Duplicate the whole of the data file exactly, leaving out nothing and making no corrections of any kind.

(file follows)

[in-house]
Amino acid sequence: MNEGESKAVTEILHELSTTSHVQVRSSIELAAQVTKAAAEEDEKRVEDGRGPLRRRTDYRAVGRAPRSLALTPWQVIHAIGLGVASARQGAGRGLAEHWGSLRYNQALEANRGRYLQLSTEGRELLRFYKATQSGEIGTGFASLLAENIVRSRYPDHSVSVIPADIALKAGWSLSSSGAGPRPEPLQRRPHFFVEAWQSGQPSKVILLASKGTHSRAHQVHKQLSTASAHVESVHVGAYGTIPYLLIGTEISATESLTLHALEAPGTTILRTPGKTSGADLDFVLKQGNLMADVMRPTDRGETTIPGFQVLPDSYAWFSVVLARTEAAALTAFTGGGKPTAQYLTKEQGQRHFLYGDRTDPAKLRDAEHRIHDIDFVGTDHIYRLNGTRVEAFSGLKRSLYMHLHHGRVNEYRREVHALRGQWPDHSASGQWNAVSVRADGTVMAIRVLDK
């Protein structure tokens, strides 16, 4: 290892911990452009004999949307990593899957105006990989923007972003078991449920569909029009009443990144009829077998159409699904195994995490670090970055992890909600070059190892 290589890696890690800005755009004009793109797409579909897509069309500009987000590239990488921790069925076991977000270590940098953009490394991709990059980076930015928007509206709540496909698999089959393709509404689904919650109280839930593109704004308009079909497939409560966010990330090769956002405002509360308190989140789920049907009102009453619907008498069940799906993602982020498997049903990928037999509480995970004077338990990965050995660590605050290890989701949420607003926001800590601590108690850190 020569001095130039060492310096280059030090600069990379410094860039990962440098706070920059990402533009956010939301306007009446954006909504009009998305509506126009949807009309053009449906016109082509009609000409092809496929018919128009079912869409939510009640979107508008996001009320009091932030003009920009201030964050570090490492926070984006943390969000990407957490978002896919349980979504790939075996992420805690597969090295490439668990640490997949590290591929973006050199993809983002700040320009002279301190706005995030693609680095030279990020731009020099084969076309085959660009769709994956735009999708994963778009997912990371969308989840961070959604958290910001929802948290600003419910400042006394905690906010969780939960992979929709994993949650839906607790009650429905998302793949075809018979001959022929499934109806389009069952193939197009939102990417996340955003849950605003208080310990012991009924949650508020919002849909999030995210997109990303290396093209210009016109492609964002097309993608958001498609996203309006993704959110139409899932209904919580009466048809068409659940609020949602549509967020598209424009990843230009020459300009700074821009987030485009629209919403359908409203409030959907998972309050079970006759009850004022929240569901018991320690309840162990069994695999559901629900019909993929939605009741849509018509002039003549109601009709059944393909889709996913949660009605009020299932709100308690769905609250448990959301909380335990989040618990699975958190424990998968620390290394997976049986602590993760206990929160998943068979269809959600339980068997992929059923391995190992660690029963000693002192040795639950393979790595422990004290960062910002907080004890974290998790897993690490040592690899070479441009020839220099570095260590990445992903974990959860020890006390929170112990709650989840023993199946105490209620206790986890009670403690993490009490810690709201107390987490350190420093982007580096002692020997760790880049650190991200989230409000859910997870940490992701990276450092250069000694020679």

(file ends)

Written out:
[in-house]
Amino acid sequence: MNEGESKAVTEILHELSTTSHVQVRSSIELAAQVTKAAAEEDEKRVEDGRGPLRRRTDYRAVGRAPRSLALTPWQVIHAIGLGVASARQGAGRGLAEHWGSLRYNQALEANRGRYLQLSTEGRELLRFYKATQSGEIGTGFASLLAENIVRSRYPDHSVSVIPADIALKAGWSLSSSGAGPRPEPLQRRPHFFVEAWQSGQPSKVILLASKGTHSRAHQVHKQLSTASAHVESVHVGAYGTIPYLLIGTEISATESLTLHALEAPGTTILRTPGKTSGADLDFVLKQGNLMADVMRPTDRGETTIPGFQVLPDSYAWFSVVLARTEAAALTAFTGGGKPTAQYLTKEQGQRHFLYGDRTDPAKLRDAEHRIHDIDFVGTDHIYRLNGTRVEAFSGLKRSLYMHLHHGRVNEYRREVHALRGQWPDHSASGQWNAVSVRADGTVMAIRVLDK
């Protein structure tokens, strides 16, 4: 290892911990452009004999949307990593899957105006990989923007972003078991449920569909029009009443990144009829077998159409699904195994995490670090970055992890909600070059190892 290589890696890690800005755009004009793109797409579909897509069309500009987000590239990488921790069925076991977000270590940098953009490394991709990059980076930015928007509206709540496909698999089959393709509404689904919650109280839930593109704004308009079909497939409560966010990330090769956002405002509360308190989140789920049907009102009453619907008498069940799906993602982020498997049903990928037999509480995970004077338990990965050995660590605050290890989701949420607003926001800590601590108690850190 020569001095130039060492310096280059030090600069990379410094860039990962440098706070920059990402533009956010939301306007009446954006909504009009998305509506126009949807009309053009449906016109082509009609000409092809496929018919128009079912869409939510009640979107508008996001009320009091932030003009920009201030964050570090490492926070984006943390969000990407957490978002896919349980979504790939075996992420805690597969090295490439668990640490997949590290591929973006050199993809983002700040320009002279301190706005995030693609680095030279990020731009020099084969076309085959660009769709994956735009999708994963778009997912990371969308989840961070959604958290910001929802948290600003419910400042006394905690906010969780939960992979929709994993949650839906607790009650429905998302793949075809018979001959022929499934109806389009069952193939197009939102990417996340955003849950605003208080310990012991009924949650508020919002849909999030995210997109990303290396093209210009016109492609964002097309993608958001498609996203309006993704959110139409899932209904919580009466048809068409659940609020949602549509967020598209424009990843230009020459300009700074821009987030485009629209919403359908409203409030959907998972309050079970006759009850004022929240569901018991320690309840162990069994695999559901629900019909993929939605009741849509018509002039003549109601009709059944393909889709996913949660009605009020299932709100308690769905609250448990959301909380335990989040618990699975958190424990998968620390290394997976049986602590993760206990929160998943068979269809959600339980068997992929059923391995190992660690029963000693002192040795639950393979790595422990004290960062910002907080004890974290998790897993690490040592690899070479441009020839220099570095260590990445992903974990959860020890006390929170112990709650989840023993199946105490209620206790986890009670403690993490009490810690709201107390987490350190420093982007580096002692020997760790880049650190991200989230409000859910997870940490992701990276450092250069000694020679």